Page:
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In his last policy review, Raghuram Rajan leaves repo rate unchanged at 6.5 pc

In the last monetary policy review by Reserve Bank of India Governor, Raghuram Rajan on Tuesday decided against changing the key interest rates as the retail inflation continues to be above the comfort zone.
India TV Business Desk Mumbai August 09, 2016 12:35 IST
India TV Business Desk

In his last monetary policy review today, Reserve Bank of India Governor, Raghuram Rajan decided against changing the key interest rates as the retail inflation continues to be above the comfort zone. 

Outgoing RBI Governor has left  Repo rate and CRR unchanged at 6.50 per cent  and 4 per cent respectively. The central bank has retained GDP growth projection at 7.6 per cent for 2016-17.

Following are the highlights of RBI's third bi-monthly monetary policy statement, 2016-17: 

* Repo rate unchanged at 6.50 per cent, Reverse Repo at 6% 

* Cash reserve ratio or CRR unchanged at 4% 

* Growth forecast at 7.6% for the current fiscal 

* Inflation target remains 5% for January 2017; upside risk 

* Normal monsoon, 7th Pay Commission award to boost growth 

* GST roll out to boost business sentiment, investment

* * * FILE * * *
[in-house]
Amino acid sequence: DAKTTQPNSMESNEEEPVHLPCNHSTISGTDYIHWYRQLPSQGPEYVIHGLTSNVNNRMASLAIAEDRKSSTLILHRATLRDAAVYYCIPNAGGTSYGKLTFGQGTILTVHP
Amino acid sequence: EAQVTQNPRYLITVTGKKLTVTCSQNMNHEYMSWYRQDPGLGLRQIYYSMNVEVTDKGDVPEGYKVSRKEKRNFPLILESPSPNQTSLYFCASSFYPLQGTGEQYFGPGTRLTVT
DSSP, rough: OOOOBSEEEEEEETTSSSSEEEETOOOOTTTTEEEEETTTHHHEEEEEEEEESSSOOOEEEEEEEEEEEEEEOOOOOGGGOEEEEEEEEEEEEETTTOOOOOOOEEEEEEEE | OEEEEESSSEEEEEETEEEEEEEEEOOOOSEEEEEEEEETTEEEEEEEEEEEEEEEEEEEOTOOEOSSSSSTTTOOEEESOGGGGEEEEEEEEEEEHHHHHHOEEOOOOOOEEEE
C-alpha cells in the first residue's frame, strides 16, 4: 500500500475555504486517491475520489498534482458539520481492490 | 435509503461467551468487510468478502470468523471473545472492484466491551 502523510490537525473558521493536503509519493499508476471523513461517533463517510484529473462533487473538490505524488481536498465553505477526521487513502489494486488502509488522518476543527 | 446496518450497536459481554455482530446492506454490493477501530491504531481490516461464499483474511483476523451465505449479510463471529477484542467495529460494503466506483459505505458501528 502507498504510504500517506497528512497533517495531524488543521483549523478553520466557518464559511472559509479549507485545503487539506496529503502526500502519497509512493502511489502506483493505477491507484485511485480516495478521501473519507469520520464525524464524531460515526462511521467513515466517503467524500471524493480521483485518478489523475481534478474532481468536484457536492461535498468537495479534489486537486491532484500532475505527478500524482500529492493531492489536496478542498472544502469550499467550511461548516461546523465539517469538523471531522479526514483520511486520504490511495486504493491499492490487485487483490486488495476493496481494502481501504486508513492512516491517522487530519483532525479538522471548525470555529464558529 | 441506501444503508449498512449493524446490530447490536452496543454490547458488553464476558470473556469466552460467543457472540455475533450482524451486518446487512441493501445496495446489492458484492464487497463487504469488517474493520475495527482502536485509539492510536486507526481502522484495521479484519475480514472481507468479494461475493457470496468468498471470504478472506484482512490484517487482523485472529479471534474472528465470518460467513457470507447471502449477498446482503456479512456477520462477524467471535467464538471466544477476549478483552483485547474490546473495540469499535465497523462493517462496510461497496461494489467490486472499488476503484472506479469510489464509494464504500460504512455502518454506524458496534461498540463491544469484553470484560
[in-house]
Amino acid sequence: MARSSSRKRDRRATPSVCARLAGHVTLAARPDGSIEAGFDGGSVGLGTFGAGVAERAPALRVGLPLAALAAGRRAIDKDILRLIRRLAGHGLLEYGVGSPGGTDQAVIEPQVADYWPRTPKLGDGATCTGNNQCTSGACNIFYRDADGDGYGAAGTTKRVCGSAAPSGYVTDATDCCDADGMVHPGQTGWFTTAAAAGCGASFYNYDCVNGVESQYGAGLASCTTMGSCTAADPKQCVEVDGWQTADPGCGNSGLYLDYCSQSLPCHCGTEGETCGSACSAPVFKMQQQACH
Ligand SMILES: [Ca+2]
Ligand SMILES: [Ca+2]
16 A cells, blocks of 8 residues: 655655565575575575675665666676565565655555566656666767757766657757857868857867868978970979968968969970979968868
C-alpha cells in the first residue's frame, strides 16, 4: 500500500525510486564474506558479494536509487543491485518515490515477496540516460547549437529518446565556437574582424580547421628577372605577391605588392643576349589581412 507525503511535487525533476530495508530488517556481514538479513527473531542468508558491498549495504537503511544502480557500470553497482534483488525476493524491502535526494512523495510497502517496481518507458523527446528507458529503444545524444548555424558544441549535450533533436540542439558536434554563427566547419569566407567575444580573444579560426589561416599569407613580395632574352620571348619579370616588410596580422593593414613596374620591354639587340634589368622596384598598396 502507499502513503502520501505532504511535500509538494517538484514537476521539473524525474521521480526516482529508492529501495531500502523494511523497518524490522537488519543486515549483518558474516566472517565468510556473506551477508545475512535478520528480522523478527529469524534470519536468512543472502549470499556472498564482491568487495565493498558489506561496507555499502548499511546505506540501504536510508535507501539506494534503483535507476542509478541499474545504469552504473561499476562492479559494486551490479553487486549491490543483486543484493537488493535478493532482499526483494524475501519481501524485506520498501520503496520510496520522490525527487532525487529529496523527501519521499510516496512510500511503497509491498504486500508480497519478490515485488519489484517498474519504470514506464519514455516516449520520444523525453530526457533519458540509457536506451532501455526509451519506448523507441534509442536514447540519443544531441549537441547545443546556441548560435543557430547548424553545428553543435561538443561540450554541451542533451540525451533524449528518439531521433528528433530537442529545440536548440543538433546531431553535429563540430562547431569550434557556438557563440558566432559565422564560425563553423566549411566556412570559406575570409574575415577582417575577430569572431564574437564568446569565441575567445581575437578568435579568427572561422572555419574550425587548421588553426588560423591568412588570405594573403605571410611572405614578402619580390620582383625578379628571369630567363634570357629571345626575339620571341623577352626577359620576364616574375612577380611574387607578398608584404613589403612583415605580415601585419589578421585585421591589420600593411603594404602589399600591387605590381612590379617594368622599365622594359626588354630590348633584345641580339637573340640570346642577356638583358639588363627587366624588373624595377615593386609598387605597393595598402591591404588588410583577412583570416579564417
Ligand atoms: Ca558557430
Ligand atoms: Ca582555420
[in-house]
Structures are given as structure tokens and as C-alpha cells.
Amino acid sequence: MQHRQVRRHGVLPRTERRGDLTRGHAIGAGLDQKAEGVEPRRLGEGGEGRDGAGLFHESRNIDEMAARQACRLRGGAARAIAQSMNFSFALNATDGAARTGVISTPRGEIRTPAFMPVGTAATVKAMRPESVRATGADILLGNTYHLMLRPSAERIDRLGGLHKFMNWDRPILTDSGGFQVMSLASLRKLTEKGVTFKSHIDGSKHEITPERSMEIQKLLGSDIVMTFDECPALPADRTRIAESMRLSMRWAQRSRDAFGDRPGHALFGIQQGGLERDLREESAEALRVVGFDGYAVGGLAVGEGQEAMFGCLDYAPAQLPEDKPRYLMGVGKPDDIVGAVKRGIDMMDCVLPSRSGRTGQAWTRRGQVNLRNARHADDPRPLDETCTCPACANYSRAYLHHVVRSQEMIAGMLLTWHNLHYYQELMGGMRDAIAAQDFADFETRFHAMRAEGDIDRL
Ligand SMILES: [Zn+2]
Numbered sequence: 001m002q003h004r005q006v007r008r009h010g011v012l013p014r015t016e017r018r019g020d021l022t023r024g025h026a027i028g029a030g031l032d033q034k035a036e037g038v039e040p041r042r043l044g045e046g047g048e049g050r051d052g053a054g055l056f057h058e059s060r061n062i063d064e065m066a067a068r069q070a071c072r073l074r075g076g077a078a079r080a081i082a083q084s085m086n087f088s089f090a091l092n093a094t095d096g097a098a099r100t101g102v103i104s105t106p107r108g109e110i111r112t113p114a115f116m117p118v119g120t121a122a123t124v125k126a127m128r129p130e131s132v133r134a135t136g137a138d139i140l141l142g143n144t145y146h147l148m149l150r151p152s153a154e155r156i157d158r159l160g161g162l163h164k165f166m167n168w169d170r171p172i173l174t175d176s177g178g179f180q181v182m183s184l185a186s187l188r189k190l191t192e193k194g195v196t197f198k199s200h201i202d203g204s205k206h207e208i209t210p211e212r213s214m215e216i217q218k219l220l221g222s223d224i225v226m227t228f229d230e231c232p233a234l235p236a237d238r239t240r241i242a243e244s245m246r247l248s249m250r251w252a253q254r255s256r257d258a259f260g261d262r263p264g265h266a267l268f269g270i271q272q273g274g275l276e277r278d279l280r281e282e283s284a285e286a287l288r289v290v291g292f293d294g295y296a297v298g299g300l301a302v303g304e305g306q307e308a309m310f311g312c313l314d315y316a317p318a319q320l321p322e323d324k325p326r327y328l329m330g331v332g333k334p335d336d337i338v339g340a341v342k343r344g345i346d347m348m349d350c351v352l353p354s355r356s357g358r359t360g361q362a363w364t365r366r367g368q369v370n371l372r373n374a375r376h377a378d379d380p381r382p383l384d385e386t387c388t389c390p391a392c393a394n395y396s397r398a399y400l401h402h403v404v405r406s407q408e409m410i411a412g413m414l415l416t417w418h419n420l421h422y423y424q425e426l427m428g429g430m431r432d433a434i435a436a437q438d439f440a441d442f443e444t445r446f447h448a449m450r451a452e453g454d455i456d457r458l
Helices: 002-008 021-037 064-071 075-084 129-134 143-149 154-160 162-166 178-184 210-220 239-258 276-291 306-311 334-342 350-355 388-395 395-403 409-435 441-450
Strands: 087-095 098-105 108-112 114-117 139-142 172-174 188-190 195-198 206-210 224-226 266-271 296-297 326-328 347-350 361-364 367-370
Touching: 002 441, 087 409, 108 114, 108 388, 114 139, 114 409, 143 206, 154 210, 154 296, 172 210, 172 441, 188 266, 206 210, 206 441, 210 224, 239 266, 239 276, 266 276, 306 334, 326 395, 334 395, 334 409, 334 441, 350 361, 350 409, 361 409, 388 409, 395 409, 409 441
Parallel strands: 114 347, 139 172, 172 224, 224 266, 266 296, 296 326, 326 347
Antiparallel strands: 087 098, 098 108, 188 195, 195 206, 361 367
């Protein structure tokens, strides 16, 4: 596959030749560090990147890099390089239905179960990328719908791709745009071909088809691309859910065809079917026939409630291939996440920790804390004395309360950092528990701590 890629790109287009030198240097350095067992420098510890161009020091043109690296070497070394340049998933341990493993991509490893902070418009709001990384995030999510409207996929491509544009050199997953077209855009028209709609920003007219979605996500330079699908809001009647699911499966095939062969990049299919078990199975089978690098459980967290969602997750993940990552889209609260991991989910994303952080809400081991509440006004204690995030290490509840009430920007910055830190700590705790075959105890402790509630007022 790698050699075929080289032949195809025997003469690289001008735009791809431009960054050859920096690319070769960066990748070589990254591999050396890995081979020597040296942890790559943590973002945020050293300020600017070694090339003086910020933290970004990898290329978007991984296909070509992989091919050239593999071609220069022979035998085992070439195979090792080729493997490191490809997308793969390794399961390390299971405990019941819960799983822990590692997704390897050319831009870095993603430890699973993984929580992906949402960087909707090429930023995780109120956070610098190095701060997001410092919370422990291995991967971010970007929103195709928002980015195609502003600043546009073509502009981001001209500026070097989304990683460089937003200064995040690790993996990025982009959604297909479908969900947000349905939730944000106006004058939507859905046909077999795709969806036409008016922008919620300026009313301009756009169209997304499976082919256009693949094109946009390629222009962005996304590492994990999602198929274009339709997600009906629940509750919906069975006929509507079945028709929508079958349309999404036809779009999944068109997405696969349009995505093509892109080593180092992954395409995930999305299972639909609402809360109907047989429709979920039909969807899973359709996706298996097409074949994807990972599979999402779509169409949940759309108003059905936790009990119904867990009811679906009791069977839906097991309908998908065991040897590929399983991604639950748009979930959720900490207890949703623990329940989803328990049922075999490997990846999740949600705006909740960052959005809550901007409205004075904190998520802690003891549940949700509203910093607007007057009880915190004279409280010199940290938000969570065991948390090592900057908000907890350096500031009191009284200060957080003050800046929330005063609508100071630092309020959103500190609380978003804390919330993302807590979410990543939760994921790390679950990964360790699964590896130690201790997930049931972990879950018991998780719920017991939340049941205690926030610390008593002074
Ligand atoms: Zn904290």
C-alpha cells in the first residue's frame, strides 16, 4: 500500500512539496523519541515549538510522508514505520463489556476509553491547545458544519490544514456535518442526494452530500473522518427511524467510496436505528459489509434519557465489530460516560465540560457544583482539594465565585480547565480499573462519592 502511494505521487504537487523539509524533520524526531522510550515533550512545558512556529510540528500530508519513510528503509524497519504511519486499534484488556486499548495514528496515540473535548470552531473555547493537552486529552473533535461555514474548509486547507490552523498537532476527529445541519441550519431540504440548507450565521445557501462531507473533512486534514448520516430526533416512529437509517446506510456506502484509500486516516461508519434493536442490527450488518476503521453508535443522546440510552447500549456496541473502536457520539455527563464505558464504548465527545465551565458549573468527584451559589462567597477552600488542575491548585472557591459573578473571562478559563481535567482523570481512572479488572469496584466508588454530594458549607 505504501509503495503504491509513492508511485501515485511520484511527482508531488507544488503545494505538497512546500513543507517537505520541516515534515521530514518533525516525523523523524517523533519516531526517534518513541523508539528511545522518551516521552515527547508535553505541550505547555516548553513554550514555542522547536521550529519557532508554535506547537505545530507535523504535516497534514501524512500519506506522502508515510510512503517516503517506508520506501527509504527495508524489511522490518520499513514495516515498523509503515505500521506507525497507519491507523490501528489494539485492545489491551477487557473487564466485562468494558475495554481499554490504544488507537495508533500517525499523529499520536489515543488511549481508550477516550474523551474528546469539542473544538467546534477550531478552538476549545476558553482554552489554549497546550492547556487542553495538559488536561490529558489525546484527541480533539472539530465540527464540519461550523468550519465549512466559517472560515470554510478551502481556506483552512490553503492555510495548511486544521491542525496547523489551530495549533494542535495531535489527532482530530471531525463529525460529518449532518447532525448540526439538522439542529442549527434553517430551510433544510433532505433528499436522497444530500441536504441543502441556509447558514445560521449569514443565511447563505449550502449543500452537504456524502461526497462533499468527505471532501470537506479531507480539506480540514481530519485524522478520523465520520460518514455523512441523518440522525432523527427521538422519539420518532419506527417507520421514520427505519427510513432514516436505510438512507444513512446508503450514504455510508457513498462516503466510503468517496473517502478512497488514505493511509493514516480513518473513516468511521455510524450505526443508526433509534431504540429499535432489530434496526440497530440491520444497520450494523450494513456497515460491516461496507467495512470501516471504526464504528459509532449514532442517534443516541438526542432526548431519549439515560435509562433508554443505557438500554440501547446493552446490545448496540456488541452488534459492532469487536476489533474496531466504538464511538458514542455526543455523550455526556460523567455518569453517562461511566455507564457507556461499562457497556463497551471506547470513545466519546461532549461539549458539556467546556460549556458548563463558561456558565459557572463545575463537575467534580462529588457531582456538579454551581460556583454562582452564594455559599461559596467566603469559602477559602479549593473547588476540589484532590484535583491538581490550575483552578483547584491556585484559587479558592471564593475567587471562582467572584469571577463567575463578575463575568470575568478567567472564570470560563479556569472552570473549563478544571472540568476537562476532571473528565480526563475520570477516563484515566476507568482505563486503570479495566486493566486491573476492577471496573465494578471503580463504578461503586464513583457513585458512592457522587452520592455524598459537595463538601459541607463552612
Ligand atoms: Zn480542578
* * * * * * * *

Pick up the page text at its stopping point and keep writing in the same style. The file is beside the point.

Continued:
* Timely implementation of GST a challenge 

* Premature to talk about inflationary impact of GST 

* FCNR(B) redemptions not to disrupt liquidity in market 

* Banks have passed on rate cut benefit only modestly

* FAQ on KYC norms on RBI website for easy reference 

* Marginal Cost Lending Rate framework for interest rate to be modified 

* Forex reserves at USD 365.7 billion on August 5 

* Fourth bi-monthly monetary policy on October 4

The government announced last week that it would like the RBI to focus on maintaining retail inflation rate of 4 per cent for the next five years, based on which the new interest rate setting panel would take its monetary policy decisions going forward. 

The move, which provides for a margin of plus or minus 2 per cent in this target thus fixing the upper tolerance level at 6 per cent till 2021, is being seen as government putting the seal on Rajan's inflation-first model of monetary policy. 

Consumer Price Index based retail inflation rose by 5.77 per cent in June, the fastest pace in 22 months and it is expected that the implementation of the new Goods and Services Tax (GST) may push it up further.

Rajan, criticised for following hawkish monetary policy for too long before starting to lower rates, has reduced the benchmark interest rate by 1.5 per cent since January last year, and has been persuading banks to fully transmit the benefit of the policy rate cut to customers.

This is going to be the last bi-monthly monetary policy to be decided by the central bank Governor as the broad-based 6-member panel may take over the job before the next review on October 4. 

In conjunction with naming its 3 members on the Monetary Policy Committee, the government is also likely to name a successor to Rajan sometime this month.

Rajan is set to retire on September 4 after three-year term ends. He has said that he plans to return to academia in the US.